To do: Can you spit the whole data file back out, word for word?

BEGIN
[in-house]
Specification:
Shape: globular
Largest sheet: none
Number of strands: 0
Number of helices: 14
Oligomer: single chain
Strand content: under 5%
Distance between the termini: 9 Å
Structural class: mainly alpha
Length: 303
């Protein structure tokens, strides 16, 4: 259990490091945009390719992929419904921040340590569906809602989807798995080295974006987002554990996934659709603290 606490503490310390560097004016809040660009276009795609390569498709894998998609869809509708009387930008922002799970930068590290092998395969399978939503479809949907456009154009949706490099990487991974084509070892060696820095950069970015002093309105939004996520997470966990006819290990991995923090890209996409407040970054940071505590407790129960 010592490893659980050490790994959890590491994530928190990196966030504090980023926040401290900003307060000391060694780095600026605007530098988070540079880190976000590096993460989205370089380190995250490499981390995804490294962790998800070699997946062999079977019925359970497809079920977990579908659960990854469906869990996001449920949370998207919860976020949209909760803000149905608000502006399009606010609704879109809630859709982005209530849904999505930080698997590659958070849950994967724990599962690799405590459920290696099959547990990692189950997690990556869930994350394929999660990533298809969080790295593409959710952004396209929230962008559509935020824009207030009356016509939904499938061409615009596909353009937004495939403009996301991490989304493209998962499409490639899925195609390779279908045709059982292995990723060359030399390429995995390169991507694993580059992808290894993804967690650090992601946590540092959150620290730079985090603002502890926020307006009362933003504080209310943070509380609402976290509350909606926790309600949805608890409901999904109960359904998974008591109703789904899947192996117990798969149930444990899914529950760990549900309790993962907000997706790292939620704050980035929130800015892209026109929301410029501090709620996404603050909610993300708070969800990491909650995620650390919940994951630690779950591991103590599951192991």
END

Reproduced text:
[in-house]
Specification:
Shape: globular
Largest sheet: none
Number of strands: 0
Number of helices: 14
Oligomer: single chain
Strand content: under 5%
Distance between the termini: 9 Å
Structural class: mainly alpha
Length: 303
């Protein structure tokens, strides 16, 4: 259990490091945009390719992929419904921040340590569906809602989807798995080295974006987002554990996934659709603290 606490503490310390560097004016809040660009276009795609390569498709894998998609869809509708009387930008922002799970930068590290092998395969399978939503479809949907456009154009949706490099990487991974084509070892060696820095950069970015002093309105939004996520997470966990006819290990991995923090890209996409407040970054940071505590407790129960 010592490893659980050490790994959890590491994530928190990196966030504090980023926040401290900003307060000391060694780095600026605007530098988070540079880190976000590096993460989205370089380190995250490499981390995804490294962790998800070699997946062999079977019925359970497809079920977990579908659960990854469906869990996001449920949370998207919860976020949209909760803000149905608000502006399009606010609704879109809630859709982005209530849904999505930080698997590659958070849950994967724990599962690799405590459920290696099959547990990692189950997690990556869930994350394929999660990533298809969080790295593409959710952004396209929230962008559509935020824009207030009356016509939904499938061409615009596909353009937004495939403009996301991490989304493209998962499409490639899925195609390779279908045709059982292995990723060359030399390429995995390169991507694993580059992808290894993804967690650090992601946590540092959150620290730079985090603002502890926020307006009362933003504080209310943070509380609402976290509350909606926790309600949805608890409901999904109960359904998974008591109703789904899947192996117990798969149930444990899914529950760990549900309790993962907000997706790292939620704050980035929130800015892209026109929301410029501090709620996404603050909610993300708070969800990491909650995620650390919940994951630690779950591991103590599951192991």